It seems that Scala got a resounding review from the originator of Groovy, James Strachan.
I am a great fan of the concept of the Java Virtual Machine. I think that the ability to have multiple languages producing a common byte-code format produces some very powerful benefits. In essence you can have one project or multiple projects running in a common environment where code resources written in different languages can interact with each other and not be dependent on any one particular hardware infrastructure. In fact you could run your code on many different types of hardware and achieve clean interaction between them all.
That includes Java, Scala, Jython, JRuby, Clojure, Groovy, Rhino, Quercus, and many other programming languages.
That greatly simplifies the development process. Anything that makes complicated things simple without losing the power inherent in the complexity is OK in my book.
At the risk of ostracising myself on PerlMonks - I am of the opinion that perl 6 bet the farm on rolling their own virtual machine. While I know that historically speaking the JVM was not remotely open when the perl 6 effort began and what is more there was not much support for any language besides java on the JVM - but much has changed in the many years that perl 6 has languished in it's Duke-Nukem-Forever-style development cycle.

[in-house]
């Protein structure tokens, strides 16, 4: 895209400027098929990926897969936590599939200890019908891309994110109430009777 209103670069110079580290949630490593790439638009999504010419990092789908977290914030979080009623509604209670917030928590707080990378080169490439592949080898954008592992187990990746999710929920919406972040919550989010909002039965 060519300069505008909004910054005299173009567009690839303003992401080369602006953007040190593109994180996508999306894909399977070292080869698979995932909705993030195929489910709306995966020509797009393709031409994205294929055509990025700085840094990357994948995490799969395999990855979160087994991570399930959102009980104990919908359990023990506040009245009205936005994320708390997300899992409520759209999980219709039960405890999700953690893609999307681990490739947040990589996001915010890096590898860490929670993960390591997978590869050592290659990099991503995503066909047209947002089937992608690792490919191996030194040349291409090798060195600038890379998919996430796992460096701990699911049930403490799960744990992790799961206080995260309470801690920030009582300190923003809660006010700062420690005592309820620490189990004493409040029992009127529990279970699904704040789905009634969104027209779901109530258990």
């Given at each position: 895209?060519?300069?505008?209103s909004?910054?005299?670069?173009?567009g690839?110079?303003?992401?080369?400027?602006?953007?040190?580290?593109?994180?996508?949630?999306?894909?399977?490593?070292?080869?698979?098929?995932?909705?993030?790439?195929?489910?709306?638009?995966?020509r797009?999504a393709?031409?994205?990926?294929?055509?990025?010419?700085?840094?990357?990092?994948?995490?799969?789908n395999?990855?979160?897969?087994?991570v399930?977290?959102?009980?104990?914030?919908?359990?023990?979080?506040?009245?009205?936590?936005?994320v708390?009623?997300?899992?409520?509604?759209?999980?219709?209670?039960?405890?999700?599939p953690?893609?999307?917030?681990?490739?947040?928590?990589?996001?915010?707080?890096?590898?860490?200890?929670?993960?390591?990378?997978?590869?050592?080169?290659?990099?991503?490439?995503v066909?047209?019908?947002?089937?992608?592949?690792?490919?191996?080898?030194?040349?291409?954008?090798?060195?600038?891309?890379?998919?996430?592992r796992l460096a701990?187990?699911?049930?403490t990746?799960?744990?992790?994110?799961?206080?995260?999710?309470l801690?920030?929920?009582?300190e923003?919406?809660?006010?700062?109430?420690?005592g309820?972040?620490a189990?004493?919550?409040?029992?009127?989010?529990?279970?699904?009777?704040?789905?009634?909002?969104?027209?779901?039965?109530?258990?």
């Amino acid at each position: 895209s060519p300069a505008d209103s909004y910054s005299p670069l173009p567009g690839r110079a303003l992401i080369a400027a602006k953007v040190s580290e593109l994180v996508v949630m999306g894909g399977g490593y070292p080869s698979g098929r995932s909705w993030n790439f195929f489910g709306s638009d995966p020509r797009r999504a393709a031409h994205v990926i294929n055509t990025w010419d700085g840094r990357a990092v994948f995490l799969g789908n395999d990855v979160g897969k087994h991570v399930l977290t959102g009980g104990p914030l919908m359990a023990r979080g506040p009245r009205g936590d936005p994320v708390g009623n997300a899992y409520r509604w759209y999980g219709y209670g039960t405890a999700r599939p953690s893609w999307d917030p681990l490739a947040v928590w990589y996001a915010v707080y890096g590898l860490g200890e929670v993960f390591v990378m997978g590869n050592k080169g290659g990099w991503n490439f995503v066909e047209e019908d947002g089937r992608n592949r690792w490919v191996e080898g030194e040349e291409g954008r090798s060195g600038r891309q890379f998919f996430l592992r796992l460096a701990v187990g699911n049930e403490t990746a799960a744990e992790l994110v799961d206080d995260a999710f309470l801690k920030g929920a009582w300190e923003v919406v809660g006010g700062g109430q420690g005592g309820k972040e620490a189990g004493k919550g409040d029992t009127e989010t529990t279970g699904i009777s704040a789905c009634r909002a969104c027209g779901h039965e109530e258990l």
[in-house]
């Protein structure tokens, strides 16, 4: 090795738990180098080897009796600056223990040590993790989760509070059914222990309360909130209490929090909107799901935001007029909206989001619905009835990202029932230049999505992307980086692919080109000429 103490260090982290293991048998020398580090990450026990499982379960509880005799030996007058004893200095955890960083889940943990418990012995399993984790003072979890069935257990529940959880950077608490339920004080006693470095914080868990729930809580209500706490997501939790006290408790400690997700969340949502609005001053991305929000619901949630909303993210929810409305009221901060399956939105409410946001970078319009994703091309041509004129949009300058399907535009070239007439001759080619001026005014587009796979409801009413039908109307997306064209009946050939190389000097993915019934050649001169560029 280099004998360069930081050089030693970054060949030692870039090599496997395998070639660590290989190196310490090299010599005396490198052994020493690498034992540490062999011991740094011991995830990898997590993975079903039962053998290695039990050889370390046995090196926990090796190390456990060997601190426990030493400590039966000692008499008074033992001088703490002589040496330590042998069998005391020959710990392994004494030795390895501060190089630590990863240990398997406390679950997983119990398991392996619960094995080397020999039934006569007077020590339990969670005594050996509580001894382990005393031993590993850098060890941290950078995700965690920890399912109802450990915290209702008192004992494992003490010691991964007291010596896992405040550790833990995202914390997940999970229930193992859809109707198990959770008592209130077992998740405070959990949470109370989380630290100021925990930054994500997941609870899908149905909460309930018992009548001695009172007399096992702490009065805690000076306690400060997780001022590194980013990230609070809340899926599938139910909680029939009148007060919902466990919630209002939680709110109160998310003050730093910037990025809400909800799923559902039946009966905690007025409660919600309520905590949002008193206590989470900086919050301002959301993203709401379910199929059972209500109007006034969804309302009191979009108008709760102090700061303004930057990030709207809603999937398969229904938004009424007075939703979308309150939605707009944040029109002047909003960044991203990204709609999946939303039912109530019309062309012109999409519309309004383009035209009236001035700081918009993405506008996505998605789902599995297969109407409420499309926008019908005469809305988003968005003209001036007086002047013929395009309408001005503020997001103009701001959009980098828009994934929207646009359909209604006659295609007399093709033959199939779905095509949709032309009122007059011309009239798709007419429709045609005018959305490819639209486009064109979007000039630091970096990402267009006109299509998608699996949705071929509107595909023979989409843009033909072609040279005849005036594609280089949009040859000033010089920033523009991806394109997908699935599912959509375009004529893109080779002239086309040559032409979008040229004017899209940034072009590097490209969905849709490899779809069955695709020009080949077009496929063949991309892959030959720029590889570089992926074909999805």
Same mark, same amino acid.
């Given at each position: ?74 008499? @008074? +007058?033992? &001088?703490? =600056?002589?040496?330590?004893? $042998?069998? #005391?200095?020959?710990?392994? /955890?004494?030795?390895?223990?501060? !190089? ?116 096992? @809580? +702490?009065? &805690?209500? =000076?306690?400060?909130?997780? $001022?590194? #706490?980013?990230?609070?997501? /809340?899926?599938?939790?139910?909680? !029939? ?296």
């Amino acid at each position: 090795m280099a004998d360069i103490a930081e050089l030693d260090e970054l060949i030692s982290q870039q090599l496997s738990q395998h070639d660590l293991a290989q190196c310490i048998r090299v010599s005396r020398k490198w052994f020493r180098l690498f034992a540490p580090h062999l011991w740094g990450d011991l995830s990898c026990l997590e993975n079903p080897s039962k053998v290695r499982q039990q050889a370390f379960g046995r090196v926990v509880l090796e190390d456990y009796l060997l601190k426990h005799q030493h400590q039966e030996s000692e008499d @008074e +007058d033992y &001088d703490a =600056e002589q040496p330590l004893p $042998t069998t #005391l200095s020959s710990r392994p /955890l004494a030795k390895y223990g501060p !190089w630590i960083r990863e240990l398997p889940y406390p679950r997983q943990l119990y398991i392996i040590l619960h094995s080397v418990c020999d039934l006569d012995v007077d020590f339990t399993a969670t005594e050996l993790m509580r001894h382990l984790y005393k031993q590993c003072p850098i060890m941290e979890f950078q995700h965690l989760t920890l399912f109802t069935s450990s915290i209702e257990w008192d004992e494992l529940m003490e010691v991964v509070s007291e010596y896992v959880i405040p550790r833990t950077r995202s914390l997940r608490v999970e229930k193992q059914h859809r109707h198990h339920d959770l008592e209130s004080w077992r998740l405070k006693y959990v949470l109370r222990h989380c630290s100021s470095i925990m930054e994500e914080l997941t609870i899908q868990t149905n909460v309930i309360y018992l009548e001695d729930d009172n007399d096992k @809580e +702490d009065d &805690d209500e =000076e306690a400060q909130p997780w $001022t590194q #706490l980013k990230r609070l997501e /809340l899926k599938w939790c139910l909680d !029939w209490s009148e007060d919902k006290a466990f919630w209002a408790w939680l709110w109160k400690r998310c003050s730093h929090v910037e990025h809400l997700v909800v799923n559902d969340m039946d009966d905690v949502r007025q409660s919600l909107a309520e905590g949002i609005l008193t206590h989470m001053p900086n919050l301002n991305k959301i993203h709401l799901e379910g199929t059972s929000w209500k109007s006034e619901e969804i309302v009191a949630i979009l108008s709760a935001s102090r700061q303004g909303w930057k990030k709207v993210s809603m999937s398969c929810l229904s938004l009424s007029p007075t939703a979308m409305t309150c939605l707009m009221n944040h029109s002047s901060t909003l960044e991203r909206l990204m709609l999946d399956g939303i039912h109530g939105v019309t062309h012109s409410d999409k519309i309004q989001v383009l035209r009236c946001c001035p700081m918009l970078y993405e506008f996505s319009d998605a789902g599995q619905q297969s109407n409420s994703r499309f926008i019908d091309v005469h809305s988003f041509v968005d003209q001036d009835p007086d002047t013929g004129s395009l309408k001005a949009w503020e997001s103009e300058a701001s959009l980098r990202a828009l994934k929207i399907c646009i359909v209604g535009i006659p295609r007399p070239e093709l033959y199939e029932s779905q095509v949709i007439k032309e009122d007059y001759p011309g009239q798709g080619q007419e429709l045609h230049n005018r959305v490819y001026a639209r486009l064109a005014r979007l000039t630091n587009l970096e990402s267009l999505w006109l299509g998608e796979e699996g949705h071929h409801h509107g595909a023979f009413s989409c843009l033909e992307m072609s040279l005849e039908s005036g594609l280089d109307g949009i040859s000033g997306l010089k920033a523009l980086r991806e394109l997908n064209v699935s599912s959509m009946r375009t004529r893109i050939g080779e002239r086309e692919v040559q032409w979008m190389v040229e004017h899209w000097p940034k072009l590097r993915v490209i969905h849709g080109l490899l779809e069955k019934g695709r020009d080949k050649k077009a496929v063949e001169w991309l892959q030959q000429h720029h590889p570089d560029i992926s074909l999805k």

I would love to see someone implement perl on one of the open JVM platforms that exist in prove that it can be done and kept open. I would welcome it as a first step towards implementing it on the actual JVM - which is used in many many many production environments around the world.
I know that a large contingent of the perl community habitually throws stones at Java - but I belong to the subset of developers that are interested in perl and Java for the same reason - developing code with platform independence.